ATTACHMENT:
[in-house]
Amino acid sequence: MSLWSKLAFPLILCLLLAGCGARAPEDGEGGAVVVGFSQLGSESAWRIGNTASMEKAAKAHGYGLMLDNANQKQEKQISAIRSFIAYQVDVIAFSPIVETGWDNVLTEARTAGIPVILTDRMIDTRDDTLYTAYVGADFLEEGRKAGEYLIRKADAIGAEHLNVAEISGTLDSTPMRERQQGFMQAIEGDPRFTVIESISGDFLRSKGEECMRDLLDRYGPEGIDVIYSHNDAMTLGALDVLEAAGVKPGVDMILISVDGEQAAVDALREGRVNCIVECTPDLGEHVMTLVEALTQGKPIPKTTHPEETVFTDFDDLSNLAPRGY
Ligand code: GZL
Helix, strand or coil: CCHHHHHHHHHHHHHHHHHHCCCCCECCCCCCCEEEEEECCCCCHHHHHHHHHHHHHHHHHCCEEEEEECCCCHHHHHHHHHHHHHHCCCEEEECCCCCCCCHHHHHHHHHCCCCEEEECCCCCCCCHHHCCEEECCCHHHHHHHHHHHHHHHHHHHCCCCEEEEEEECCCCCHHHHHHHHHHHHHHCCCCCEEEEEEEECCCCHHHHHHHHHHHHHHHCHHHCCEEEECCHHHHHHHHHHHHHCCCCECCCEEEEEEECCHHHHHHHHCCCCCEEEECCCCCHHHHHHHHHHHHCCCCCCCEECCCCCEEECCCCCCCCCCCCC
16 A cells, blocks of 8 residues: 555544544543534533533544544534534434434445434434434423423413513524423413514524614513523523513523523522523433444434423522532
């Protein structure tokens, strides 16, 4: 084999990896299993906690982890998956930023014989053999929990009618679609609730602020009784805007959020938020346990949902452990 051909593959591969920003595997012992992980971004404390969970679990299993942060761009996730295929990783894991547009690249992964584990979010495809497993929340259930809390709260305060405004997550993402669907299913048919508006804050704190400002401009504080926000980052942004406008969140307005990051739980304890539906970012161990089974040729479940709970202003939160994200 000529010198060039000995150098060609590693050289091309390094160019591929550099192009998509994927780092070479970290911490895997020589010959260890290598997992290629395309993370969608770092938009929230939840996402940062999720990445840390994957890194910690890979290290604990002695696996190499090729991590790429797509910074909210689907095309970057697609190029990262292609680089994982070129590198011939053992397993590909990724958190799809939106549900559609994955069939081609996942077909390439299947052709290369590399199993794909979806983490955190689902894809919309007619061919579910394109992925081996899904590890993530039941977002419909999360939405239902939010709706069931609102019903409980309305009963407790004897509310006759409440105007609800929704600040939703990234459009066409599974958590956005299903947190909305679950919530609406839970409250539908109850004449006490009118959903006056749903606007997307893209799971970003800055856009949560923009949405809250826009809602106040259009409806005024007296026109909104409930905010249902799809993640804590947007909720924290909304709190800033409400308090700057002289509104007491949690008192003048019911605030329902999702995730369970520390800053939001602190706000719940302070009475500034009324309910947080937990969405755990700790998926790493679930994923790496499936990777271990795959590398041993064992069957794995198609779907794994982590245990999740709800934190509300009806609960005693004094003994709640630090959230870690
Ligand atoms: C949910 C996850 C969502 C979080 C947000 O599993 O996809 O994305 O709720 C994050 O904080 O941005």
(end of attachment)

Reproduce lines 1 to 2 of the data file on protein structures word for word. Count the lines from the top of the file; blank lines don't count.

[in-house]
Amino acid sequence: MSLWSKLAFPLILCLLLAGCGARAPEDGEGGAVVVGFSQLGSESAWRIGNTASMEKAAKAHGYGLMLDNANQKQEKQISAIRSFIAYQVDVIAFSPIVETGWDNVLTEARTAGIPVILTDRMIDTRDDTLYTAYVGADFLEEGRKAGEYLIRKADAIGAEHLNVAEISGTLDSTPMRERQQGFMQAIEGDPRFTVIESISGDFLRSKGEECMRDLLDRYGPEGIDVIYSHNDAMTLGALDVLEAAGVKPGVDMILISVDGEQAAVDALREGRVNCIVECTPDLGEHVMTLVEALTQGKPIPKTTHPEETVFTDFDDLSNLAPRGY